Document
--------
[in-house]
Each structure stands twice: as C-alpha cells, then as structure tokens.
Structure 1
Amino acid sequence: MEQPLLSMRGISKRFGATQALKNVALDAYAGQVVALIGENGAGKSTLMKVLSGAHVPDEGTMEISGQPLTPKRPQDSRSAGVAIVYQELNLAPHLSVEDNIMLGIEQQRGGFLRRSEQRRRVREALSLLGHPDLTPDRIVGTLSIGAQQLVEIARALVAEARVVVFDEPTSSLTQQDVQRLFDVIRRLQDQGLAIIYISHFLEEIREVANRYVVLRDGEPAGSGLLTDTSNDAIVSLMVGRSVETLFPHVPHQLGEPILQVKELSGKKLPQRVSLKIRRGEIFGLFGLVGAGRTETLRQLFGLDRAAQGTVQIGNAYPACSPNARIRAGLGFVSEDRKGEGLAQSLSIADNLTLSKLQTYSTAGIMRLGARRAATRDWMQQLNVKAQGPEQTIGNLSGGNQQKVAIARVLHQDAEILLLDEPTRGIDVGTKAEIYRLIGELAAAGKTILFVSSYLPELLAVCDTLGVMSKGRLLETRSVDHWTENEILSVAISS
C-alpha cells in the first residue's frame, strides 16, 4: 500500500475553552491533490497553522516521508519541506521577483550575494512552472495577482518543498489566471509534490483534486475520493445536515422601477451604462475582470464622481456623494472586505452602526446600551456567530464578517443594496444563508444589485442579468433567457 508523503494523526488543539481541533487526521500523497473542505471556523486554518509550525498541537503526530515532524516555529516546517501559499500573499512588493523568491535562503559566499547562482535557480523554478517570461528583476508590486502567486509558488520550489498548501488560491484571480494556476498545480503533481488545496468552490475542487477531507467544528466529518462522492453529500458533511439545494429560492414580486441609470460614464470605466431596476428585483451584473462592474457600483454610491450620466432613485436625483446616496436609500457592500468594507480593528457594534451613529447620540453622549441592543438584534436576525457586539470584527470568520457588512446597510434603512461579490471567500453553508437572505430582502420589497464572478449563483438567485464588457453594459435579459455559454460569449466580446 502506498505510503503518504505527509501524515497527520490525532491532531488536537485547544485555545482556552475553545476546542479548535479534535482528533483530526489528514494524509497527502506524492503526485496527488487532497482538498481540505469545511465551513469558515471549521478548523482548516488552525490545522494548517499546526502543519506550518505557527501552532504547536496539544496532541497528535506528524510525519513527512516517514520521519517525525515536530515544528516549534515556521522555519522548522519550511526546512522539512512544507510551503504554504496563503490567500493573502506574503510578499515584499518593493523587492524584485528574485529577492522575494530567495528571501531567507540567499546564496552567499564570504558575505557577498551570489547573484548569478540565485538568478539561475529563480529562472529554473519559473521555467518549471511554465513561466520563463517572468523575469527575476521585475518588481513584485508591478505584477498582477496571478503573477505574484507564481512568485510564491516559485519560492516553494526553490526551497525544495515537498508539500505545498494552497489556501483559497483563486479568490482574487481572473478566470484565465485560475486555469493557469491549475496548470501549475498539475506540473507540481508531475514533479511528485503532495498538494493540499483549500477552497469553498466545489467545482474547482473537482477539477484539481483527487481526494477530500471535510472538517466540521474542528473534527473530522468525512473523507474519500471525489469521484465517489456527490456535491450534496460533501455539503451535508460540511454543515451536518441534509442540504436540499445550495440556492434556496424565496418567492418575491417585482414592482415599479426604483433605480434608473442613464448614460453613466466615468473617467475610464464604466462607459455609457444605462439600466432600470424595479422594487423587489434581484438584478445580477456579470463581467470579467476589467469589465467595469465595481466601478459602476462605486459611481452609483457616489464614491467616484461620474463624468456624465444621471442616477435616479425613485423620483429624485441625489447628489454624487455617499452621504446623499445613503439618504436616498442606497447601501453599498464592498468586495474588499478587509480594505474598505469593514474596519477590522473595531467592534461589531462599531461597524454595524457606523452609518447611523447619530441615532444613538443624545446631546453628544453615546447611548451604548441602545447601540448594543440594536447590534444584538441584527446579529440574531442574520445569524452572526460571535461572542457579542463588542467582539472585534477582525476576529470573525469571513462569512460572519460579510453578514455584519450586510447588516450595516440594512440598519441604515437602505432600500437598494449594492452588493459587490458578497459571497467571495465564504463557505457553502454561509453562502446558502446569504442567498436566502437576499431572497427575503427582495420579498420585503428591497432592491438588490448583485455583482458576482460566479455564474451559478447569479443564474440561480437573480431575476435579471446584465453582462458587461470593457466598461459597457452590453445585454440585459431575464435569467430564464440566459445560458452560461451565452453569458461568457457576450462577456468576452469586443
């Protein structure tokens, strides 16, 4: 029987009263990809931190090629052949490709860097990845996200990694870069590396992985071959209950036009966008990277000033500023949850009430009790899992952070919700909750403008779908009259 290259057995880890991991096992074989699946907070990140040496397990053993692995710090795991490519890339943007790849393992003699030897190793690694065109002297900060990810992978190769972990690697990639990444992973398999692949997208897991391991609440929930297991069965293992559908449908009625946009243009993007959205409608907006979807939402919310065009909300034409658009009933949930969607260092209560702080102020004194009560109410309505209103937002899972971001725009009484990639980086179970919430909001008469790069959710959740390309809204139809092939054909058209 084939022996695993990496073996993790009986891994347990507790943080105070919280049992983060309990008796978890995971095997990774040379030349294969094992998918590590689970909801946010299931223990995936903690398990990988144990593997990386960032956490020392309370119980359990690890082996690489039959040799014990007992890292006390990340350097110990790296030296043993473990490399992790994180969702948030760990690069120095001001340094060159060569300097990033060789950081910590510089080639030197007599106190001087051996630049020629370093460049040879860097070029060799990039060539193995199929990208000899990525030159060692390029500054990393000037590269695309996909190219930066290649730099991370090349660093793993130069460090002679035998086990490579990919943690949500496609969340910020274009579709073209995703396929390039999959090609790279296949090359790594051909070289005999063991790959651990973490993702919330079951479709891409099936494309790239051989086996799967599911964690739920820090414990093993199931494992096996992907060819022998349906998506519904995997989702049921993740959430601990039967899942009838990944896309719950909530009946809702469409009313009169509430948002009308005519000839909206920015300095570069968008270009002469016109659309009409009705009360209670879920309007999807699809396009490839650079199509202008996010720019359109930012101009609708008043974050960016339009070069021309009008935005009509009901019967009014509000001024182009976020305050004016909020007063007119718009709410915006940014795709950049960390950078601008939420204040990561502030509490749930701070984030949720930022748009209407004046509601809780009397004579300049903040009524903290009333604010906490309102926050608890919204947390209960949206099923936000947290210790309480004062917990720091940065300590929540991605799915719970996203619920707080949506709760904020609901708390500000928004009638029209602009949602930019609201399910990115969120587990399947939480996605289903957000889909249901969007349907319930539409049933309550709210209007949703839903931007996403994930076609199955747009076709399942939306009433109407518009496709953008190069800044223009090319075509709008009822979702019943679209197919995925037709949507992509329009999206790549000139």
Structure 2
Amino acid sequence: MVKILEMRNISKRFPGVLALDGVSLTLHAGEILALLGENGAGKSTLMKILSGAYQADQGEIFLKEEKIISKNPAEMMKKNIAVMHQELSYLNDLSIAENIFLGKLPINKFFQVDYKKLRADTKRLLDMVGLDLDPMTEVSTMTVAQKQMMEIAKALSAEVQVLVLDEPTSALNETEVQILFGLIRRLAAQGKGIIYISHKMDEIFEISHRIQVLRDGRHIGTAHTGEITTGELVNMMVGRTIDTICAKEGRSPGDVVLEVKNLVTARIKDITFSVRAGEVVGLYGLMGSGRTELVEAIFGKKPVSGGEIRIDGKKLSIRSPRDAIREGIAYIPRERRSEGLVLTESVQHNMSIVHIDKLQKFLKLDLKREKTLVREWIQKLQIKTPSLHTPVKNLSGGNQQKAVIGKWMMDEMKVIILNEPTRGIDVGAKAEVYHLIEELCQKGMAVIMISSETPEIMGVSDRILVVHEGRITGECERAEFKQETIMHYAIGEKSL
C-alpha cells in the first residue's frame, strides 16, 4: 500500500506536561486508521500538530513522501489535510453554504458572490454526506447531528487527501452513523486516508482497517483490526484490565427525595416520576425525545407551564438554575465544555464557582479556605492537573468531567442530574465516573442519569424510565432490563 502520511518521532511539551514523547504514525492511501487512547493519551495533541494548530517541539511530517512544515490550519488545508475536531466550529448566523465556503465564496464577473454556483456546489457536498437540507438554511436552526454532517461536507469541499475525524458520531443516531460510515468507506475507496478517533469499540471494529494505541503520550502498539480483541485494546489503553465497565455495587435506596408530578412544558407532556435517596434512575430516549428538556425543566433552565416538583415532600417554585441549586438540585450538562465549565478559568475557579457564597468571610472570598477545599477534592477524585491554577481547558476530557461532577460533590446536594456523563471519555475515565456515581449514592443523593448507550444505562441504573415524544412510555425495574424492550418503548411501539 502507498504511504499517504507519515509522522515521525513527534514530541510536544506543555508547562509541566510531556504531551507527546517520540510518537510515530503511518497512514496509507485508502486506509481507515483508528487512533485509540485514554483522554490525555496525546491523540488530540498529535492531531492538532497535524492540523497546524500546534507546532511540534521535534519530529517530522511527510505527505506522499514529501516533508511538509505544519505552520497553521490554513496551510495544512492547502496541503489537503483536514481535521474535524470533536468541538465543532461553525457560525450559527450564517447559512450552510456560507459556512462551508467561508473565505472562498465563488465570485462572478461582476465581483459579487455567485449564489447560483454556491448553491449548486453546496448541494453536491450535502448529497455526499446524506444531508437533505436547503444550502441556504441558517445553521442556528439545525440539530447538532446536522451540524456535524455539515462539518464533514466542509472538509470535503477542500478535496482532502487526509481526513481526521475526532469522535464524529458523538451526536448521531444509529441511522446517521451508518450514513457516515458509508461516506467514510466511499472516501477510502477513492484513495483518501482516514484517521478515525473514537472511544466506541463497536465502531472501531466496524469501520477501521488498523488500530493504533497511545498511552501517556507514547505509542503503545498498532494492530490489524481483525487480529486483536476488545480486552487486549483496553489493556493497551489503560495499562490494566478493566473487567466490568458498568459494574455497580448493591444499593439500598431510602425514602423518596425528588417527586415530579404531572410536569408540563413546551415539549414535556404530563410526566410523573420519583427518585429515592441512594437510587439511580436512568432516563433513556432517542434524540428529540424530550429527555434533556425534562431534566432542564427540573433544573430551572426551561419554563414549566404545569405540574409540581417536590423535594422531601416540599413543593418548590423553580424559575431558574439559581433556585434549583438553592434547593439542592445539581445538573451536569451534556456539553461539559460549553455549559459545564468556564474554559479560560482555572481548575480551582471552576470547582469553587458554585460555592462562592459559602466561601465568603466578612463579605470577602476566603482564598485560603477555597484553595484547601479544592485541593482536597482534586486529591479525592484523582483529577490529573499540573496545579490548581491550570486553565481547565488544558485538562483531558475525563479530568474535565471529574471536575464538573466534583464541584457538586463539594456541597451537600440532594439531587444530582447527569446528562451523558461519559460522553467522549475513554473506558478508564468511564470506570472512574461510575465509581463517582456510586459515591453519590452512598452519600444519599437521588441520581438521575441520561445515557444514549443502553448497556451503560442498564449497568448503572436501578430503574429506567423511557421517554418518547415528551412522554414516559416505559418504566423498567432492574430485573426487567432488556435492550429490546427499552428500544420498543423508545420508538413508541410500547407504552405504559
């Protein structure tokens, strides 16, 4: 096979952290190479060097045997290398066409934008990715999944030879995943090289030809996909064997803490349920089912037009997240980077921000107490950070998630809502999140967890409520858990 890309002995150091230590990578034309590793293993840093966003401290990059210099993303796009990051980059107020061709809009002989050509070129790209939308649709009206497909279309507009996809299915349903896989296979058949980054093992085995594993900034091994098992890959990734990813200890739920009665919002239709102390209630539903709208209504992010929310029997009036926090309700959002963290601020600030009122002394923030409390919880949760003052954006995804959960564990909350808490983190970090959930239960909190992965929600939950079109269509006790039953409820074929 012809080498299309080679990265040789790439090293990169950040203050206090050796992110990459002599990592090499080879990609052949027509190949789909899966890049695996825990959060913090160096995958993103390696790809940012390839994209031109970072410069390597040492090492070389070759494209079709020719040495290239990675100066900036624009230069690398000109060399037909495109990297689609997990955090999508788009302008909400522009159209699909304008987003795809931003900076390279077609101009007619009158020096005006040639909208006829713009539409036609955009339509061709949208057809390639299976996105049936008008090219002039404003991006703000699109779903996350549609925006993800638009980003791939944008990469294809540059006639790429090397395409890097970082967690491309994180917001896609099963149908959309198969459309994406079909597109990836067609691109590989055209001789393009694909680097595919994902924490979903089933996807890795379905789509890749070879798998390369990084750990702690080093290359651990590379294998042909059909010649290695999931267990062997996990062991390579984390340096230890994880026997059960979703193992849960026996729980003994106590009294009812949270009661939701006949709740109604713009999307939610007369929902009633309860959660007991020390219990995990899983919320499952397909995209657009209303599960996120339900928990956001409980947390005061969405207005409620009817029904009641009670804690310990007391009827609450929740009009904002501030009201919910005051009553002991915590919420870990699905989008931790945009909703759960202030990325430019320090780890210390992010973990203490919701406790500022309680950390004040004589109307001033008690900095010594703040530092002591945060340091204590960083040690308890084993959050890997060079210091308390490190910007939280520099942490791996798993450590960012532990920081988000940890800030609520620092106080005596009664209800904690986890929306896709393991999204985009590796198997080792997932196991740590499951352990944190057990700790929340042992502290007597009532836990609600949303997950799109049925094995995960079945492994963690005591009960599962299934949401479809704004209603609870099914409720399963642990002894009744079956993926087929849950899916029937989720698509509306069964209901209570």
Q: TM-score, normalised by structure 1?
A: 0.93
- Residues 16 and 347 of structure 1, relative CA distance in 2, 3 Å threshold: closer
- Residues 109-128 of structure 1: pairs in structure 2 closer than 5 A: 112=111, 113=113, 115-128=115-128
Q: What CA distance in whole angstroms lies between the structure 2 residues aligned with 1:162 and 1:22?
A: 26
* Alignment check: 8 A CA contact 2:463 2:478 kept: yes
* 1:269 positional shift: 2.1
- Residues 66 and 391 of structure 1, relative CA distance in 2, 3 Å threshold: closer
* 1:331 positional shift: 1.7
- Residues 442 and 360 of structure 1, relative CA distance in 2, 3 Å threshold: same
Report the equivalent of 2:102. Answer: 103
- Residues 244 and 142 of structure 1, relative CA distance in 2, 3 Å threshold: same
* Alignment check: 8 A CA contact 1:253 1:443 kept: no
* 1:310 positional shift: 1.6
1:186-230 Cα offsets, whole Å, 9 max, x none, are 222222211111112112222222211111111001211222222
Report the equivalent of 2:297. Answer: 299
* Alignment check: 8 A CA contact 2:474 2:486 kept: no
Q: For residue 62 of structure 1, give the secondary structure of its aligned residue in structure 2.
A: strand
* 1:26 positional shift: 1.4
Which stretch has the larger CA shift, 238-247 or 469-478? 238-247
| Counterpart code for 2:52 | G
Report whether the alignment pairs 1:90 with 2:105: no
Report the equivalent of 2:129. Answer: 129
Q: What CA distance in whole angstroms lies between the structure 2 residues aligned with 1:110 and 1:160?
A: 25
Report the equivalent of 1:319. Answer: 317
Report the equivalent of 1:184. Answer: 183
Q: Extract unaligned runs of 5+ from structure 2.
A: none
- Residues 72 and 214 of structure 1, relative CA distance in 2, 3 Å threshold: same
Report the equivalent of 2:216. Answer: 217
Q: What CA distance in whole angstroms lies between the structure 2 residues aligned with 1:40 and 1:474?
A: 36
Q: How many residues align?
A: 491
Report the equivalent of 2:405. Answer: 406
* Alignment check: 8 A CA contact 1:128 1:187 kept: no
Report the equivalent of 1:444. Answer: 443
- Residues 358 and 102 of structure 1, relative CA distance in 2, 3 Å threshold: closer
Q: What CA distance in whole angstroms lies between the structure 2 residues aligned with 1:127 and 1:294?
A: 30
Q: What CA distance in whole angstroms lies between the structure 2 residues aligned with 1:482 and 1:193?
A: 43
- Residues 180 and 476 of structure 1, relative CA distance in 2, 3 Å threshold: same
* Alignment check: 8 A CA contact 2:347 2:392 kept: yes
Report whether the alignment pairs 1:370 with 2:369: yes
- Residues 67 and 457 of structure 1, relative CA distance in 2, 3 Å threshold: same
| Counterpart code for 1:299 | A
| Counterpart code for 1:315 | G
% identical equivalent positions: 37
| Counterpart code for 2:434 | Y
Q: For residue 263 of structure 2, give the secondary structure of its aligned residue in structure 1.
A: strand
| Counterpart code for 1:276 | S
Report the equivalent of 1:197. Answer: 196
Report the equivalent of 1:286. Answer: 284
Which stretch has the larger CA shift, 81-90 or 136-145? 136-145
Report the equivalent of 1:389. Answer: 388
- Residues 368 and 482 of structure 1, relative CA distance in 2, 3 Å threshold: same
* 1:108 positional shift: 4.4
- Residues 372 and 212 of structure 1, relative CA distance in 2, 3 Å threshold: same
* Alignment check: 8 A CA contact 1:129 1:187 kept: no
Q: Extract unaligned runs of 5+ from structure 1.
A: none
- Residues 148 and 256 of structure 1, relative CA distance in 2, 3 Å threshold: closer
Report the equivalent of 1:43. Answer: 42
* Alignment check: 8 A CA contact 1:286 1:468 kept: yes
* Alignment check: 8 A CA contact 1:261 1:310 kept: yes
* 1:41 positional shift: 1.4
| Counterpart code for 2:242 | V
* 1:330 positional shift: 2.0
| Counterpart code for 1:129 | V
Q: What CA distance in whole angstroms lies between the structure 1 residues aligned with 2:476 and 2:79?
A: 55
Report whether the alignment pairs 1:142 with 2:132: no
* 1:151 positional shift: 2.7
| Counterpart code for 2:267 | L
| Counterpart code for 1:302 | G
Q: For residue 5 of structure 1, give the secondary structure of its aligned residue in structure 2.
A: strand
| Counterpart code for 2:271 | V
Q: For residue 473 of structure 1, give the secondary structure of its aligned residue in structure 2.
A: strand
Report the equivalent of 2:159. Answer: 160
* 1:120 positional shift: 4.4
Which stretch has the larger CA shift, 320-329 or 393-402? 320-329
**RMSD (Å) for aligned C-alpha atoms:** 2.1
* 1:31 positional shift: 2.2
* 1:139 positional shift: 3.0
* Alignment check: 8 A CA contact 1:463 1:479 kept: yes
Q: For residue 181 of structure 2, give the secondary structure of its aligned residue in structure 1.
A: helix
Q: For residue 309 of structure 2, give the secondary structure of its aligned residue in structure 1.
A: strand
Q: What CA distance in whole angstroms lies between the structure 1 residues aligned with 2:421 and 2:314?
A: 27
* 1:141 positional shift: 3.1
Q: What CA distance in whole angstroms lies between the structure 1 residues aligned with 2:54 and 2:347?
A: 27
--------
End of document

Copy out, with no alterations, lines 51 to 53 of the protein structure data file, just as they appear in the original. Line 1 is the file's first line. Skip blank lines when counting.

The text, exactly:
- Residues 358 and 102 of structure 1, relative CA distance in 2, 3 Å threshold: closer
Q: What CA distance in whole angstroms lies between the structure 2 residues aligned with 1:127 and 1:294?
A: 30